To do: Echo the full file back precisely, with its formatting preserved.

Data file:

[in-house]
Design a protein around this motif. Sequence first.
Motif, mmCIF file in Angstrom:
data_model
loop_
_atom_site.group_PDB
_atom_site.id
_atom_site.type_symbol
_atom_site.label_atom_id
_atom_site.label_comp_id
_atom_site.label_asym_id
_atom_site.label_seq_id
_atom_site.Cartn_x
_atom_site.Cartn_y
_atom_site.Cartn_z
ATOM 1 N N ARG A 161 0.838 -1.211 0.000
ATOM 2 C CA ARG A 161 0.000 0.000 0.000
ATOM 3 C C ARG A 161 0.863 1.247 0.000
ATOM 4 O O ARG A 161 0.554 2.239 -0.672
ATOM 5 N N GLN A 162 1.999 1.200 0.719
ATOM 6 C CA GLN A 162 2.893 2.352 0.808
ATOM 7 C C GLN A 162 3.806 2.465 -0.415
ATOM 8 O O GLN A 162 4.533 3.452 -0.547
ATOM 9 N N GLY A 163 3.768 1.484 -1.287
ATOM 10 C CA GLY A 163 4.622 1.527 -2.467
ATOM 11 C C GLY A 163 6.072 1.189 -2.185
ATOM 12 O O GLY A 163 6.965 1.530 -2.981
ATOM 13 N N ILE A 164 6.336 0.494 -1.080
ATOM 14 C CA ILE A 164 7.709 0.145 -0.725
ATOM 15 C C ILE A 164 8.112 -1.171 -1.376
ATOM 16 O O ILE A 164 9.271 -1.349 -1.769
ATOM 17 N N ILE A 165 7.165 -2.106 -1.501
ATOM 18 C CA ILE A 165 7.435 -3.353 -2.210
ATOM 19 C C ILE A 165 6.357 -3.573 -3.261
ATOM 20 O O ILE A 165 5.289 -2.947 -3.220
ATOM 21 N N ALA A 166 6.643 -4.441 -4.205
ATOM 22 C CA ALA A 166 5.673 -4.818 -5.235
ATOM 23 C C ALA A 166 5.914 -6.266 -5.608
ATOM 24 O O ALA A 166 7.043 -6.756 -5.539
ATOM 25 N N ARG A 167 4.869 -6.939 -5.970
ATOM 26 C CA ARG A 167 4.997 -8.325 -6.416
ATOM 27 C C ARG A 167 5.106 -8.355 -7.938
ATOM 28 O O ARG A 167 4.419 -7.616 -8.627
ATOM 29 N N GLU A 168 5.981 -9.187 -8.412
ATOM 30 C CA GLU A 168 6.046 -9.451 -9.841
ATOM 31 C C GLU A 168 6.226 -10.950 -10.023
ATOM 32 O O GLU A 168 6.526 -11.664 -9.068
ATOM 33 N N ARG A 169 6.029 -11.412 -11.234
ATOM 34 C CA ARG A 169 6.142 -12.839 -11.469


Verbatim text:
[in-house]
Design a protein around this motif. Sequence first.
Motif, mmCIF file in Angstrom:
data_model
loop_
_atom_site.group_PDB
_atom_site.id
_atom_site.type_symbol
_atom_site.label_atom_id
_atom_site.label_comp_id
_atom_site.label_asym_id
_atom_site.label_seq_id
_atom_site.Cartn_x
_atom_site.Cartn_y
_atom_site.Cartn_z
ATOM 1 N N ARG A 161 0.838 -1.211 0.000
ATOM 2 C CA ARG A 161 0.000 0.000 0.000
ATOM 3 C C ARG A 161 0.863 1.247 0.000
ATOM 4 O O ARG A 161 0.554 2.239 -0.672
ATOM 5 N N GLN A 162 1.999 1.200 0.719
ATOM 6 C CA GLN A 162 2.893 2.352 0.808
ATOM 7 C C GLN A 162 3.806 2.465 -0.415
ATOM 8 O O GLN A 162 4.533 3.452 -0.547
ATOM 9 N N GLY A 163 3.768 1.484 -1.287
ATOM 10 C CA GLY A 163 4.622 1.527 -2.467
ATOM 11 C C GLY A 163 6.072 1.189 -2.185
ATOM 12 O O GLY A 163 6.965 1.530 -2.981
ATOM 13 N N ILE A 164 6.336 0.494 -1.080
ATOM 14 C CA ILE A 164 7.709 0.145 -0.725
ATOM 15 C C ILE A 164 8.112 -1.171 -1.376
ATOM 16 O O ILE A 164 9.271 -1.349 -1.769
ATOM 17 N N ILE A 165 7.165 -2.106 -1.501
ATOM 18 C CA ILE A 165 7.435 -3.353 -2.210
ATOM 19 C C ILE A 165 6.357 -3.573 -3.261
ATOM 20 O O ILE A 165 5.289 -2.947 -3.220
ATOM 21 N N ALA A 166 6.643 -4.441 -4.205
ATOM 22 C CA ALA A 166 5.673 -4.818 -5.235
ATOM 23 C C ALA A 166 5.914 -6.266 -5.608
ATOM 24 O O ALA A 166 7.043 -6.756 -5.539
ATOM 25 N N ARG A 167 4.869 -6.939 -5.970
ATOM 26 C CA ARG A 167 4.997 -8.325 -6.416
ATOM 27 C C ARG A 167 5.106 -8.355 -7.938
ATOM 28 O O ARG A 167 4.419 -7.616 -8.627
ATOM 29 N N GLU A 168 5.981 -9.187 -8.412
ATOM 30 C CA GLU A 168 6.046 -9.451 -9.841
ATOM 31 C C GLU A 168 6.226 -10.950 -10.023
ATOM 32 O O GLU A 168 6.526 -11.664 -9.068
ATOM 33 N N ARG A 169 6.029 -11.412 -11.234
ATOM 34 C CA ARG A 169 6.142 -12.839 -11.469